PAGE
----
Given the associations between chronic inflammation and epithelial cancer1,2 we studied susceptibility to skin carcinogenesis3,4 in mice deficient for the pro-inflammatory cytokine TNF-α (refs. 5,6). TNF-α–/– mice were resistant to development of benign and malignant skin tumors, whether induced by initiation with DMBA and promotion with TPA or by repeated dosing with DMBA. TNF-α–/– mice developed 5–10% the number of tumors developed by wild-type mice during initiation/promotion and 25% of those in wild-type mice after repeated carcinogen treatment. TNF-α could influence tumor and stromal cells during tumor development. The early stages of TPA promotion are characterized by keratinocyte hyperproliferation and inflammation. These were diminished in TNF-α–/– mice. TNF-α was extensively induced in the epidermis, but not the dermis, in TPA-treated wild-type skin, indicating that dermal inflammation is controlled by keratinocyte TNF-α production. Deletion of a TNF-α inducible chemokine also conferred some resistance to skin tumor development. TNF-α has little influence on later stages of carcinogenesis, as tumors in wild-type and TNF-α–/– mice had similar rates of malignant progression. These data provide evidence that a pro-inflammatory cytokine is required for de novo carcinogenesis and that TNF-α is important to the early stages of tumor promotion. Strategies that neutralize TNF-α production may be useful in cancer treatment and prevention.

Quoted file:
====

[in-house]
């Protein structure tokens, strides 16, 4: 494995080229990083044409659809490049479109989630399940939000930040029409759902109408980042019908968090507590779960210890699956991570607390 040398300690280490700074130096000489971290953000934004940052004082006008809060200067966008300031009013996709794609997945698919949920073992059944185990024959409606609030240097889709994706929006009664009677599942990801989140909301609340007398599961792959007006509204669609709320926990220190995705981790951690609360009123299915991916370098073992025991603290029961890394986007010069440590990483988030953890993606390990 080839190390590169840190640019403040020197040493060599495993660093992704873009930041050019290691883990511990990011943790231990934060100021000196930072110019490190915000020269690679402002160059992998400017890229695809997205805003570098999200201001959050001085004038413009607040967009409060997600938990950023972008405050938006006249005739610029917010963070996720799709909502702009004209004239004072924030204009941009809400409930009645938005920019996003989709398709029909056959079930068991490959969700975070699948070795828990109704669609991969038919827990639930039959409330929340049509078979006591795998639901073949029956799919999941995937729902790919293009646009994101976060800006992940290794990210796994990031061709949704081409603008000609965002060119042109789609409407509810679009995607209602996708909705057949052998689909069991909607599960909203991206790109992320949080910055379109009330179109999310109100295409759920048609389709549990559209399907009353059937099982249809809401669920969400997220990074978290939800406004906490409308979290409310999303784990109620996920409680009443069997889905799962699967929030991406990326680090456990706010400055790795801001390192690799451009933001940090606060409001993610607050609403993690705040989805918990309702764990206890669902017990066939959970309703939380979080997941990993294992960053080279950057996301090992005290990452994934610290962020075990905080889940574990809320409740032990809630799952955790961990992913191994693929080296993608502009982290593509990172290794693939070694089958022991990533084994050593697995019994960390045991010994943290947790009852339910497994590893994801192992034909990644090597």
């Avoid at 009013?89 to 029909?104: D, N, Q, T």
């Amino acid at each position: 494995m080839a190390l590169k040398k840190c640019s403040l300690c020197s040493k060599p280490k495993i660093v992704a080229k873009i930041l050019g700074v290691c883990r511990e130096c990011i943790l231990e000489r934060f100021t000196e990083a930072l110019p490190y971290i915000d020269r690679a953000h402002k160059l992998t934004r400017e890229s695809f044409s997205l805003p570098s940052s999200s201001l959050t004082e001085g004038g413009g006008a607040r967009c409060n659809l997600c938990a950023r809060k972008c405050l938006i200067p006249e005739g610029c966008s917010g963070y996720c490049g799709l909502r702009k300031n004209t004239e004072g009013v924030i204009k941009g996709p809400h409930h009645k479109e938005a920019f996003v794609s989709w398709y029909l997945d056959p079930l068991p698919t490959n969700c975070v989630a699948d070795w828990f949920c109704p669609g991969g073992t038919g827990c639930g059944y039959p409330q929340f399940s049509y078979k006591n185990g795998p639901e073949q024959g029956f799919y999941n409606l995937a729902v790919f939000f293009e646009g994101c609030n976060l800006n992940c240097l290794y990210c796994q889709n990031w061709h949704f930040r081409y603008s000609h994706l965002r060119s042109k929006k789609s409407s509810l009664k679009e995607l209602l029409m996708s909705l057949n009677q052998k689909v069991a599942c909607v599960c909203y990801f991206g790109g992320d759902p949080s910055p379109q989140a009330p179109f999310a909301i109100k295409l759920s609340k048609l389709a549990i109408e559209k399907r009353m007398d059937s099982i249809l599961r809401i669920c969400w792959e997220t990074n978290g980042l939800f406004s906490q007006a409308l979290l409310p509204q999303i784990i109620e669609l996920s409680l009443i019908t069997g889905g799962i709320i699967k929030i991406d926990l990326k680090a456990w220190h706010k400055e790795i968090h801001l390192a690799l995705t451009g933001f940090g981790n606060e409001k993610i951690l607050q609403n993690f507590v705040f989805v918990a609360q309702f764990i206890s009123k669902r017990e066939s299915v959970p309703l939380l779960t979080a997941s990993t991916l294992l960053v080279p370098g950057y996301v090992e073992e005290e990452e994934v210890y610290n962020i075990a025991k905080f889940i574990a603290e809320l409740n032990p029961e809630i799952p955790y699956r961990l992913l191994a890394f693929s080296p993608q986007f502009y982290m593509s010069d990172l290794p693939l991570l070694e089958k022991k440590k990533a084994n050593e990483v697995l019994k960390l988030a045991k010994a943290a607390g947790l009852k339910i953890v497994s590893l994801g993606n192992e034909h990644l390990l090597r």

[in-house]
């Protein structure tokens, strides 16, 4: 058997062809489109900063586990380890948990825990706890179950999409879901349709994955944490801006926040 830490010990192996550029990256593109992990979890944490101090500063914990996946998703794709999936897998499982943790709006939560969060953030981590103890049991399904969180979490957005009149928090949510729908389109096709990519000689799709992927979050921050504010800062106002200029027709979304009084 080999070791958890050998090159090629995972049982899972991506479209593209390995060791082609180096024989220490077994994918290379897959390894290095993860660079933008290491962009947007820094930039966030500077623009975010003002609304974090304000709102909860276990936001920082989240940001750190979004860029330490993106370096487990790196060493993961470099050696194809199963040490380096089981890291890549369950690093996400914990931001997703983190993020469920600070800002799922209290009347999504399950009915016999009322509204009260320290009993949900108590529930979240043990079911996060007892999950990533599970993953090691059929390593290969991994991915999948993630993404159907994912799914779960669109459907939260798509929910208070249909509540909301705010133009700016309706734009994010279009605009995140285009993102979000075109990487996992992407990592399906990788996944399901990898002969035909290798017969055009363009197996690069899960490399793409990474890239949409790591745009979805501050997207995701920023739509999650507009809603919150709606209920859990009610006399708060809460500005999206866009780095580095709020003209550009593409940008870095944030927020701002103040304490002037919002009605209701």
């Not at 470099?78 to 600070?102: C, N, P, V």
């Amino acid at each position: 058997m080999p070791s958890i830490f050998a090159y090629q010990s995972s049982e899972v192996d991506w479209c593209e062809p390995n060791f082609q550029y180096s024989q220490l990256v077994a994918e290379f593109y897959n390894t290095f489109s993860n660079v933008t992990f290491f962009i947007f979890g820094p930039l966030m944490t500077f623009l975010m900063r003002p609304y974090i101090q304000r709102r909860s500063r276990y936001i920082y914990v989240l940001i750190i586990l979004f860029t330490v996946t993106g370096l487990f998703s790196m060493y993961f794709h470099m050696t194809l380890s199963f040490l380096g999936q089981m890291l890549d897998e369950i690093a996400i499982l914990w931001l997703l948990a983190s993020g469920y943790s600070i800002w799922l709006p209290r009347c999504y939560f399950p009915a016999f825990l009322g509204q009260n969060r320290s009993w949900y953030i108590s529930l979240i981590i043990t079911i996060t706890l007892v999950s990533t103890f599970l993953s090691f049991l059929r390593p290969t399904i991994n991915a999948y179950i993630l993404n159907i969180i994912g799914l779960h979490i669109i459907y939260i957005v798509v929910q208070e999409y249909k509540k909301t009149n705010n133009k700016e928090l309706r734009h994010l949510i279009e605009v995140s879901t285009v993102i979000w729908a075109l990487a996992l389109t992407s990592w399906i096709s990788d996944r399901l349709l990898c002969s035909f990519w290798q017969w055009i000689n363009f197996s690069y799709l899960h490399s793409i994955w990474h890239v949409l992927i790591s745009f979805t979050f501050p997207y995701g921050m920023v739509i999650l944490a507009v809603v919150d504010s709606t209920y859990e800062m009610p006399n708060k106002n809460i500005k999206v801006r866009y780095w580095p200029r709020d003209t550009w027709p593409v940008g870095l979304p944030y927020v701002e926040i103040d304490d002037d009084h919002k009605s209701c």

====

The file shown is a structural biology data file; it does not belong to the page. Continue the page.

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The authors thank M. Coombs, M. Owen and F. Watt for advice; G. Elia for technical assistance with histopathology; and M. Bradburn for the statistical analysis.
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Moore, R., Owens, D., Stamp, G. et al. Mice deficient in tumor necrosis factor-α are resistant to skin carcinogenesis. Nat Med 5, 828–831 (1999). https://doi.org/10.1038/10552
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